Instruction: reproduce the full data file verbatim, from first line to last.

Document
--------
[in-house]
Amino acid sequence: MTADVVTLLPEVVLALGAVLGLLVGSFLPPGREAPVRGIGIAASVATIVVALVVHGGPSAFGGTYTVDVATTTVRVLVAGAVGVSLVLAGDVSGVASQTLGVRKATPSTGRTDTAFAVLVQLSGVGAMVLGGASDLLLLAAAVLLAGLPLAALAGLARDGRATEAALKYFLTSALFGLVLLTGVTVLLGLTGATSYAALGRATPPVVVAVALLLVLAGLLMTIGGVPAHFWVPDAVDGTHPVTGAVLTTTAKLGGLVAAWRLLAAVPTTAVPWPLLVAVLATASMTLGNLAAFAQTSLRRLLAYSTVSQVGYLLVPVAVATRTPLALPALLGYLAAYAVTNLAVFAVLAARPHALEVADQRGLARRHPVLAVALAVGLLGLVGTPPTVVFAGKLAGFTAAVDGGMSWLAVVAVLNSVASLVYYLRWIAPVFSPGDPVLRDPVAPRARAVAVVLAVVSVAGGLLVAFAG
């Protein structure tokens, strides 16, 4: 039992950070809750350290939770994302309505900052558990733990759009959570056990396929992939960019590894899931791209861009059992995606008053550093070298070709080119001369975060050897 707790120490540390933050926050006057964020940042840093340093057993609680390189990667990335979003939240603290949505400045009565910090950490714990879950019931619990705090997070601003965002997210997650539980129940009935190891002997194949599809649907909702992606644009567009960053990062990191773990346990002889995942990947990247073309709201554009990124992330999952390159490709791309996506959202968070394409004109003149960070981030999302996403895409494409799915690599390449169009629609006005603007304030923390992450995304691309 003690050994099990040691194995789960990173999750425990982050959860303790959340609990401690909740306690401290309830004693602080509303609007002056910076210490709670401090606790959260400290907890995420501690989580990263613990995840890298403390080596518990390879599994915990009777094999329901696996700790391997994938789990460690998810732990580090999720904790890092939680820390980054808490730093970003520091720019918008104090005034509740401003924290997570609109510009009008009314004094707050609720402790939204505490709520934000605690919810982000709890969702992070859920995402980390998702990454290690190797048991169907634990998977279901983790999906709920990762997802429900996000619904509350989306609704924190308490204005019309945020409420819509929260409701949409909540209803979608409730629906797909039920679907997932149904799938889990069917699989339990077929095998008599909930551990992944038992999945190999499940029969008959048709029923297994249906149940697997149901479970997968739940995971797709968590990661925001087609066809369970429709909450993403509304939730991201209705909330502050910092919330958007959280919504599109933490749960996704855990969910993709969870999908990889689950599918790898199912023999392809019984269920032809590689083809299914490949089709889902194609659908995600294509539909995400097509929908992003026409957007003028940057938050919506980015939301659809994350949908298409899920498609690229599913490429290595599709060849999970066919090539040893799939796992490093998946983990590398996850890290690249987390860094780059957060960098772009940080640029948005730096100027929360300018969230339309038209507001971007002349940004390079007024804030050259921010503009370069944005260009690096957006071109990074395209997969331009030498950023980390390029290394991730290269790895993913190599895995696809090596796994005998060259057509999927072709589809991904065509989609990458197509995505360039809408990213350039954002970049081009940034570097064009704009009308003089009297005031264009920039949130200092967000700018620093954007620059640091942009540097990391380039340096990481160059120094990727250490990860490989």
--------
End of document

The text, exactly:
[in-house]
Amino acid sequence: MTADVVTLLPEVVLALGAVLGLLVGSFLPPGREAPVRGIGIAASVATIVVALVVHGGPSAFGGTYTVDVATTTVRVLVAGAVGVSLVLAGDVSGVASQTLGVRKATPSTGRTDTAFAVLVQLSGVGAMVLGGASDLLLLAAAVLLAGLPLAALAGLARDGRATEAALKYFLTSALFGLVLLTGVTVLLGLTGATSYAALGRATPPVVVAVALLLVLAGLLMTIGGVPAHFWVPDAVDGTHPVTGAVLTTTAKLGGLVAAWRLLAAVPTTAVPWPLLVAVLATASMTLGNLAAFAQTSLRRLLAYSTVSQVGYLLVPVAVATRTPLALPALLGYLAAYAVTNLAVFAVLAARPHALEVADQRGLARRHPVLAVALAVGLLGLVGTPPTVVFAGKLAGFTAAVDGGMSWLAVVAVLNSVASLVYYLRWIAPVFSPGDPVLRDPVAPRARAVAVVLAVVSVAGGLLVAFAG
């Protein structure tokens, strides 16, 4: 039992950070809750350290939770994302309505900052558990733990759009959570056990396929992939960019590894899931791209861009059992995606008053550093070298070709080119001369975060050897 707790120490540390933050926050006057964020940042840093340093057993609680390189990667990335979003939240603290949505400045009565910090950490714990879950019931619990705090997070601003965002997210997650539980129940009935190891002997194949599809649907909702992606644009567009960053990062990191773990346990002889995942990947990247073309709201554009990124992330999952390159490709791309996506959202968070394409004109003149960070981030999302996403895409494409799915690599390449169009629609006005603007304030923390992450995304691309 003690050994099990040691194995789960990173999750425990982050959860303790959340609990401690909740306690401290309830004693602080509303609007002056910076210490709670401090606790959260400290907890995420501690989580990263613990995840890298403390080596518990390879599994915990009777094999329901696996700790391997994938789990460690998810732990580090999720904790890092939680820390980054808490730093970003520091720019918008104090005034509740401003924290997570609109510009009008009314004094707050609720402790939204505490709520934000605690919810982000709890969702992070859920995402980390998702990454290690190797048991169907634990998977279901983790999906709920990762997802429900996000619904509350989306609704924190308490204005019309945020409420819509929260409701949409909540209803979608409730629906797909039920679907997932149904799938889990069917699989339990077929095998008599909930551990992944038992999945190999499940029969008959048709029923297994249906149940697997149901479970997968739940995971797709968590990661925001087609066809369970429709909450993403509304939730991201209705909330502050910092919330958007959280919504599109933490749960996704855990969910993709969870999908990889689950599918790898199912023999392809019984269920032809590689083809299914490949089709889902194609659908995600294509539909995400097509929908992003026409957007003028940057938050919506980015939301659809994350949908298409899920498609690229599913490429290595599709060849999970066919090539040893799939796992490093998946983990590398996850890290690249987390860094780059957060960098772009940080640029948005730096100027929360300018969230339309038209507001971007002349940004390079007024804030050259921010503009370069944005260009690096957006071109990074395209997969331009030498950023980390390029290394991730290269790895993913190599895995696809090596796994005998060259057509999927072709589809991904065509989609990458197509995505360039809408990213350039954002970049081009940034570097064009704009009308003089009297005031264009920039949130200092967000700018620093954007620059640091942009540097990391380039340096990481160059120094990727250490990860490989």